The Obama Watch

The Casual Tyrant

When caught, Obama just shrugs and suggests a “debate.”

By 6.12.13

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It takes a special brand of chutzpah to use one’s own misdeeds as an occasion for “debate” or “updating” the law. Trust us to improve and reform the laws we are violating: that has been the essential message of the Obama administration over the last few weeks as scandal has engulfed it.

Eric Holder experimented with that tactic after he got nabbed for hacking into the emails of journalist James Rosen on a subpoena that defined him as a criminal spy. Instead of quitting, Holder dug in, casting the scandal as a learning experience for the nation, as if he had nothing to do with it. Now Obama is trying out that tactic to mollify Americans over the exposed NSA program. He is open to a “healthy” debate about it. Holder and Obama are like drunk drivers who cause a pile-up and then stroll back innocently to see if they can “help.”

At the same time, Obama wants Americans to rest easy knowing that the contents of their calls haven’t been monitored. Yes, we are spying on you, he in effect said last week, but not as extensively as these irresponsible media reports would suggest. Yes, we are tracing your calls, but “nobody is listening” to them. But, hey, if you still feel uncomfortable, we can always have a “debate” about it. What an easygoing and thoughtful tyrant.

This administration likes to shift attention from a present abuse of freedom by pointing to a greater abuse of freedom it hasn’t committed yet. Americans are supposed to be grateful that Obama’s NSA is only tracing their calls, not listening to them. Besides, said Obama, government is sure to handle this information with care.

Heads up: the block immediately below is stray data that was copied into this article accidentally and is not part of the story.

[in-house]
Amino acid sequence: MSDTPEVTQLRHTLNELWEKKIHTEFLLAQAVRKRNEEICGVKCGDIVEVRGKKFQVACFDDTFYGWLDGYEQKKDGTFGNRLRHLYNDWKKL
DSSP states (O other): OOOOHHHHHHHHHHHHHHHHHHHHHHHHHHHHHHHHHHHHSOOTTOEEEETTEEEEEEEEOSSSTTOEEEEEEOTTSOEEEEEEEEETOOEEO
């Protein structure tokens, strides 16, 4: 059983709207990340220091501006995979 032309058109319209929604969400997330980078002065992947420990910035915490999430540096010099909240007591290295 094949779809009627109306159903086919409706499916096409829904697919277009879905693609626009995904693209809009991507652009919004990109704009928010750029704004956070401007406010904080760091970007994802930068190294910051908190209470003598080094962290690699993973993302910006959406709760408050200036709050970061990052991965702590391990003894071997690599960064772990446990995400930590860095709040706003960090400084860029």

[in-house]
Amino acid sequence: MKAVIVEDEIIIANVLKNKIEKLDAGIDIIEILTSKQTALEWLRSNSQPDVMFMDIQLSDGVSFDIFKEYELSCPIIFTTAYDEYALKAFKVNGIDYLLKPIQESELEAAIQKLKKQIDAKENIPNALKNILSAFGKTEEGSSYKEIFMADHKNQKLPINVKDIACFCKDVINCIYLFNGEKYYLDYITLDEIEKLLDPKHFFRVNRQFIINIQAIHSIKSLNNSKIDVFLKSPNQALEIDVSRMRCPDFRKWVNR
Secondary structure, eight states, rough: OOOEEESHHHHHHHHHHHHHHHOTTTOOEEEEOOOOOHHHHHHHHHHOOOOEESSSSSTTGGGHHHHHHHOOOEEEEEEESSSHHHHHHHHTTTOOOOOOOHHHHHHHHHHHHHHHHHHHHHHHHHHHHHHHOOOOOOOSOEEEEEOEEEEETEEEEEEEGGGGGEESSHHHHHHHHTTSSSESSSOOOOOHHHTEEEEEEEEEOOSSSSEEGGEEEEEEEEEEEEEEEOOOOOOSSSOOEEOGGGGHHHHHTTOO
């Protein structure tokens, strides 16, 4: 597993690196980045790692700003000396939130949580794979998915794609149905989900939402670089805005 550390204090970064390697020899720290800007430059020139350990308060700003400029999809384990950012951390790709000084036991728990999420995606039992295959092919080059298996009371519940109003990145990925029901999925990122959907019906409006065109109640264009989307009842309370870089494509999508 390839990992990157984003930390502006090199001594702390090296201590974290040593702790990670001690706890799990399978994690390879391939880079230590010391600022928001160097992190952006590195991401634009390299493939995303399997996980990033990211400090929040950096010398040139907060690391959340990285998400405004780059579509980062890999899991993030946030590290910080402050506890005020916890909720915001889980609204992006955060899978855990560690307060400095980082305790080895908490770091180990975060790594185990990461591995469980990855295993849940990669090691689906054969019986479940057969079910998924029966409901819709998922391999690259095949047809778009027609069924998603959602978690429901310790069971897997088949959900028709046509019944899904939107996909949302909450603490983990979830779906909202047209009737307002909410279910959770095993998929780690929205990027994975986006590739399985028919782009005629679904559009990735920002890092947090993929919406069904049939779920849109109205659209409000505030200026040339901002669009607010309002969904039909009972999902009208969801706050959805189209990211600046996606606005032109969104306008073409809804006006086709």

This line of obfuscation is reminiscent of Kathleen Sebelius defending the constitutionality of the HHS mandate on the grounds that, yes, we are forcing most religious employers to pay for contraceptives but we are not forcibly injecting anybody with them. What government hasn’t done to you yet becomes the new standard of freedom. And then when the next abuse happens the government pushes the standard back a little more. In a few years, the line will move to: yes, we are listening to your calls, but we are not recording them; yes, we are forcing you to pay for abortion but we are not requiring you undergo one.

On this complacent view of freedom, which the ruling culture works hard to drill into the people, complaints about everything from the HHS mandate to the IRS scandal to government sweeps of “metadata” can be dismissed as paranoid alarmism or carping about minor, correctible problems. Nothing to fear; nothing that a little “debate” and negotiation can’t clear up.

And this propaganda often prevails. Polls suggest that a fair number of Americans don’t seem to care that much about the NSA scandal. They are joining Obama in his shrug. To paraphrase Orwell, everything is all right, the struggle is finished, they love Big Brother.

In a mindless, “What difference does it make?” culture, it is considered progress when everyone is mistreated by government equally. Obama’s America prefers metadata to profiling, prefers that Big Brother frisk everyone, from infants to grandmothers, rather than that the sensibilities of young males from Islamic countries be violated.

So the “debate” over which Obama has so generously volunteered to preside may not change anything. Like Holder, Obama’s Director of National Intelligence James Clapper probably won’t pay any price for lying to Congress. Clapper hews to Bill Clinton’s understanding of perjury: that words can be privately defined. Do you collect data on the American people? Senator Ron Wyden asked him in a hearing not very long before the scandal broke. Rubbing his head oddly, Clapper said no. But that wasn’t perjury, he now claims, since “when someone says ‘collection’ to me, that has a specific meaning, which may have a different meaning to him.”

The Obama administration grants itself many such mulligans. One would think it might occur to the American people at some point that they can violate the law with the same casualness the Obama administration does. If the highest law contained in the Constitution isn’t binding, why are lesser laws binding? Acts of civil disobedience are bound to multiply in a country where the first acts of treachery are committed by government.

Photo: White House

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About the Author
George Neumayr, a contributing editor to The American Spectator, is co-author, with Phyllis Schlafly, of the new book, No Higher Power: Obama's War on Religious Freedom.